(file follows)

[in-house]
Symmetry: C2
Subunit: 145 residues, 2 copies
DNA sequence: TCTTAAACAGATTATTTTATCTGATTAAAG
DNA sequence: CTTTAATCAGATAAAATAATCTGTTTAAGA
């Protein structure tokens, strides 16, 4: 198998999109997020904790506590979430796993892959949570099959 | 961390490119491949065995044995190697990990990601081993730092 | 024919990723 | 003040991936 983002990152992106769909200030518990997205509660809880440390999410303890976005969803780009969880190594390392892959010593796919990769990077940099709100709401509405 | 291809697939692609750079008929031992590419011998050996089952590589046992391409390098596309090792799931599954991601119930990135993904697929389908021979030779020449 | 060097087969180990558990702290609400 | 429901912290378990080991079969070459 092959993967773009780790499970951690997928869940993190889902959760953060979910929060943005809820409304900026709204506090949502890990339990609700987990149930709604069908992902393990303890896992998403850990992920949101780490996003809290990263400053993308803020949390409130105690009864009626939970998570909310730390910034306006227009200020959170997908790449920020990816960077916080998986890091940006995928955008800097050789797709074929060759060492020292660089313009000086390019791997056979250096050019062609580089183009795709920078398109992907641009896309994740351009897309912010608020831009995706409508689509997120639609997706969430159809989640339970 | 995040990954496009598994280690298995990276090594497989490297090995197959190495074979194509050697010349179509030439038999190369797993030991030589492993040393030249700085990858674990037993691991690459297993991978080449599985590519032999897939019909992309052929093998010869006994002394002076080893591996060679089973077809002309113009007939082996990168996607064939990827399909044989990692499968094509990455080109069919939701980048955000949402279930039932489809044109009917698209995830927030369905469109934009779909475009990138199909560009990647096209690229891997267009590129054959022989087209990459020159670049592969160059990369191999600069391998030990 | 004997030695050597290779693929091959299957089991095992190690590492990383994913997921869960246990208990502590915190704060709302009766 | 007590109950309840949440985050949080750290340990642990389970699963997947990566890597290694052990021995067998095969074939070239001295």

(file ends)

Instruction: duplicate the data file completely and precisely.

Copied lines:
[in-house]
Symmetry: C2
Subunit: 145 residues, 2 copies
DNA sequence: TCTTAAACAGATTATTTTATCTGATTAAAG
DNA sequence: CTTTAATCAGATAAAATAATCTGTTTAAGA
């Protein structure tokens, strides 16, 4: 198998999109997020904790506590979430796993892959949570099959 | 961390490119491949065995044995190697990990990601081993730092 | 024919990723 | 003040991936 983002990152992106769909200030518990997205509660809880440390999410303890976005969803780009969880190594390392892959010593796919990769990077940099709100709401509405 | 291809697939692609750079008929031992590419011998050996089952590589046992391409390098596309090792799931599954991601119930990135993904697929389908021979030779020449 | 060097087969180990558990702290609400 | 429901912290378990080991079969070459 092959993967773009780790499970951690997928869940993190889902959760953060979910929060943005809820409304900026709204506090949502890990339990609700987990149930709604069908992902393990303890896992998403850990992920949101780490996003809290990263400053993308803020949390409130105690009864009626939970998570909310730390910034306006227009200020959170997908790449920020990816960077916080998986890091940006995928955008800097050789797709074929060759060492020292660089313009000086390019791997056979250096050019062609580089183009795709920078398109992907641009896309994740351009897309912010608020831009995706409508689509997120639609997706969430159809989640339970 | 995040990954496009598994280690298995990276090594497989490297090995197959190495074979194509050697010349179509030439038999190369797993030991030589492993040393030249700085990858674990037993691991690459297993991978080449599985590519032999897939019909992309052929093998010869006994002394002076080893591996060679089973077809002309113009007939082996990168996607064939990827399909044989990692499968094509990455080109069919939701980048955000949402279930039932489809044109009917698209995830927030369905469109934009779909475009990138199909560009990647096209690229891997267009590129054959022989087209990459020159670049592969160059990369191999600069391998030990 | 004997030695050597290779693929091959299957089991095992190690590492990383994913997921869960246990208990502590915190704060709302009766 | 007590109950309840949440985050949080750290340990642990389970699963997947990566890597290694052990021995067998095969074939070239001295």